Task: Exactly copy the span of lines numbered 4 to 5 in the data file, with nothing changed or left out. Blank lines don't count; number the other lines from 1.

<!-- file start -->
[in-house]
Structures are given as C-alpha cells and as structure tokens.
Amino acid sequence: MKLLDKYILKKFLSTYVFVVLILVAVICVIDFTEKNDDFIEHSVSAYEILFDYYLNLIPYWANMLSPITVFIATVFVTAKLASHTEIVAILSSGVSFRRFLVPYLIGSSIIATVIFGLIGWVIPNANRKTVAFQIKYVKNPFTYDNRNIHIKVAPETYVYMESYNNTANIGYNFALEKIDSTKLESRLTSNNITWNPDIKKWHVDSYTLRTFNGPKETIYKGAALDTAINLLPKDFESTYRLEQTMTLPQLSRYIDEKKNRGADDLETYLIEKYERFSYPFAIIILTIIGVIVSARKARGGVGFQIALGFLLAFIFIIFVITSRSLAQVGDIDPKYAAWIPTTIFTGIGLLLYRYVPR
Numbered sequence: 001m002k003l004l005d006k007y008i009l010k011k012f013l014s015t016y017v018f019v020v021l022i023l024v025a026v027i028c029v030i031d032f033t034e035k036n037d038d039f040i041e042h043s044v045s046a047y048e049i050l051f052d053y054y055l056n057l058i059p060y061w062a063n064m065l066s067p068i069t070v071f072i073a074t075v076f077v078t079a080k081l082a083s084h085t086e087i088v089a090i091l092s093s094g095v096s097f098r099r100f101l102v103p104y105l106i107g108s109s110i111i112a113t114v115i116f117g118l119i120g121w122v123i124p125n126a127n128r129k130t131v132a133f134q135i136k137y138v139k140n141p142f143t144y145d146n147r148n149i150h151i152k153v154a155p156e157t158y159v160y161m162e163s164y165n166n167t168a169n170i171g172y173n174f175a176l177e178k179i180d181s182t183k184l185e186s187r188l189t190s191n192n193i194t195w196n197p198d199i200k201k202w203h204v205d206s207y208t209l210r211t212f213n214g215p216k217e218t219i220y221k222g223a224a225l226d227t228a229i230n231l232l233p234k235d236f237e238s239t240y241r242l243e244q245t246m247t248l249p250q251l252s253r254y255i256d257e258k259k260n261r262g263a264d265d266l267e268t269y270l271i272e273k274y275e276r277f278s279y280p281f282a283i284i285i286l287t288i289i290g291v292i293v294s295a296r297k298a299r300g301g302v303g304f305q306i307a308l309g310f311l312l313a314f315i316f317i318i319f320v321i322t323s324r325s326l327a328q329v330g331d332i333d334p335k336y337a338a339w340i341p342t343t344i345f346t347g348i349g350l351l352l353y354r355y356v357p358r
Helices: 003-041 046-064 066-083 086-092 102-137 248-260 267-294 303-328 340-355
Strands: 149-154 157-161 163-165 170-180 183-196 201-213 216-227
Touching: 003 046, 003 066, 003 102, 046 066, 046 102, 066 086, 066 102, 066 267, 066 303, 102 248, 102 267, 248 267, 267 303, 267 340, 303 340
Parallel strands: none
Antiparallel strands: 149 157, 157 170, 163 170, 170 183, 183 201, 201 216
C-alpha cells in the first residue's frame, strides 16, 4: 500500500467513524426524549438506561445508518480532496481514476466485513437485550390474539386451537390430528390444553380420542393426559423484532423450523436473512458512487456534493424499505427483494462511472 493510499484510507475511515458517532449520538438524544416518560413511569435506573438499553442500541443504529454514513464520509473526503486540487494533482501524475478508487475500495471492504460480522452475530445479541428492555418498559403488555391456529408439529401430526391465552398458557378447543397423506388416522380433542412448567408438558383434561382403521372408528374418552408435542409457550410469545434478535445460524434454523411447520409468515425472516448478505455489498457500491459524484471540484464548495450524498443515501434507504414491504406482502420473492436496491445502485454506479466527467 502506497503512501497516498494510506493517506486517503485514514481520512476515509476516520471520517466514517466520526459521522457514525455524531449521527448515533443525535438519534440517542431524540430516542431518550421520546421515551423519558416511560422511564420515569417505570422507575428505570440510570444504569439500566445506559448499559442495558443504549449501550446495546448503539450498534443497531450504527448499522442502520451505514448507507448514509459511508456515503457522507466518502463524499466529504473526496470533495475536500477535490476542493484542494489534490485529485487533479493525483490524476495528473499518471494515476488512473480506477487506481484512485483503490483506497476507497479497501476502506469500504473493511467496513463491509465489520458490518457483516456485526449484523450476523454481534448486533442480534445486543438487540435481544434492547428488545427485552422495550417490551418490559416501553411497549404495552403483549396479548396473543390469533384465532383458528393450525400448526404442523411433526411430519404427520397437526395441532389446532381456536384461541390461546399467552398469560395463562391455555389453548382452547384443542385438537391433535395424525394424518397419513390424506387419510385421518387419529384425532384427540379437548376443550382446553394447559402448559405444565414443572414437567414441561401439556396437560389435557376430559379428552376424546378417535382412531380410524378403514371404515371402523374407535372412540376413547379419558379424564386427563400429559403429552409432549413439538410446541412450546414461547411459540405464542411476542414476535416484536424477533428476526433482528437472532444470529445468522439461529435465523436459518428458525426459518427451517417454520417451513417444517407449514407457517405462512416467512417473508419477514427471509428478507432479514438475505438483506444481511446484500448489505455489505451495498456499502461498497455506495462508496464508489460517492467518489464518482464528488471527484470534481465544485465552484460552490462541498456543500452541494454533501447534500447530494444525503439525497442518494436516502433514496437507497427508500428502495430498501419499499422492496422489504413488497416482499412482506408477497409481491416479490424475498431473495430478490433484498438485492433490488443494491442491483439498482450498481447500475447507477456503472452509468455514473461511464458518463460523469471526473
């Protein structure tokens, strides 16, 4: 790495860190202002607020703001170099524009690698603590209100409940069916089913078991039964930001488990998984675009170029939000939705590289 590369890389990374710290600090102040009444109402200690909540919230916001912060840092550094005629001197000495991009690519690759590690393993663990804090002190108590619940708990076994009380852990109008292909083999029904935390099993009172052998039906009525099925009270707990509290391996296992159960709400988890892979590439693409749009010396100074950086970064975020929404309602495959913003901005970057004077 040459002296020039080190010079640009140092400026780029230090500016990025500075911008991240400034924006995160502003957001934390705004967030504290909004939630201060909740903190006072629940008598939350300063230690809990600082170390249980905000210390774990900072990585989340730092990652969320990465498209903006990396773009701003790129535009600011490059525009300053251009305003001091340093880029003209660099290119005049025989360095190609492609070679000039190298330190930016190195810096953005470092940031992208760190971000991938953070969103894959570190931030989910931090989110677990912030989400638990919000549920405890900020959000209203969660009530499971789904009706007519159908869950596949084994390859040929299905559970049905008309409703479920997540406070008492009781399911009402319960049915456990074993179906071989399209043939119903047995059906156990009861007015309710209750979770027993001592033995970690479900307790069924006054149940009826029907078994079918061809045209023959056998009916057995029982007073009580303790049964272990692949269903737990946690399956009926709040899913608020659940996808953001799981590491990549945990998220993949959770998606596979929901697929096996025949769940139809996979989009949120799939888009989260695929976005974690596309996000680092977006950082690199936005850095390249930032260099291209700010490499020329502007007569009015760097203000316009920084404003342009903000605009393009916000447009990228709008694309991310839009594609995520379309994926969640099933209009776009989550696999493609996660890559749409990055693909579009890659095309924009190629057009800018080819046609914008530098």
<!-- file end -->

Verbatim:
Numbered sequence: 001m002k003l004l005d006k007y008i009l010k011k012f013l014s015t016y017v018f019v020v021l022i023l024v025a026v027i028c029v030i031d032f033t034e035k036n037d038d039f040i041e042h043s044v045s046a047y048e049i050l051f052d053y054y055l056n057l058i059p060y061w062a063n064m065l066s067p068i069t070v071f072i073a074t075v076f077v078t079a080k081l082a083s084h085t086e087i088v089a090i091l092s093s094g095v096s097f098r099r100f101l102v103p104y105l106i107g108s109s110i111i112a113t114v115i116f117g118l119i120g121w122v123i124p125n126a127n128r129k130t131v132a133f134q135i136k137y138v139k140n141p142f143t144y145d146n147r148n149i150h151i152k153v154a155p156e157t158y159v160y161m162e163s164y165n166n167t168a169n170i171g172y173n174f175a176l177e178k179i180d181s182t183k184l185e186s187r188l189t190s191n192n193i194t195w196n197p198d199i200k201k202w203h204v205d206s207y208t209l210r211t212f213n214g215p216k217e218t219i220y221k222g223a224a225l226d227t228a229i230n231l232l233p234k235d236f237e238s239t240y241r242l243e244q245t246m247t248l249p250q251l252s253r254y255i256d257e258k259k260n261r262g263a264d265d266l267e268t269y270l271i272e273k274y275e276r277f278s279y280p281f282a283i284i285i286l287t288i289i290g291v292i293v294s295a296r297k298a299r300g301g302v303g304f305q306i307a308l309g310f311l312l313a314f315i316f317i318i319f320v321i322t323s324r325s326l327a328q329v330g331d332i333d334p335k336y337a338a339w340i341p342t343t344i345f346t347g348i349g350l351l352l353y354r355y356v357p358r
Helices: 003-041 046-064 066-083 086-092 102-137 248-260 267-294 303-328 340-355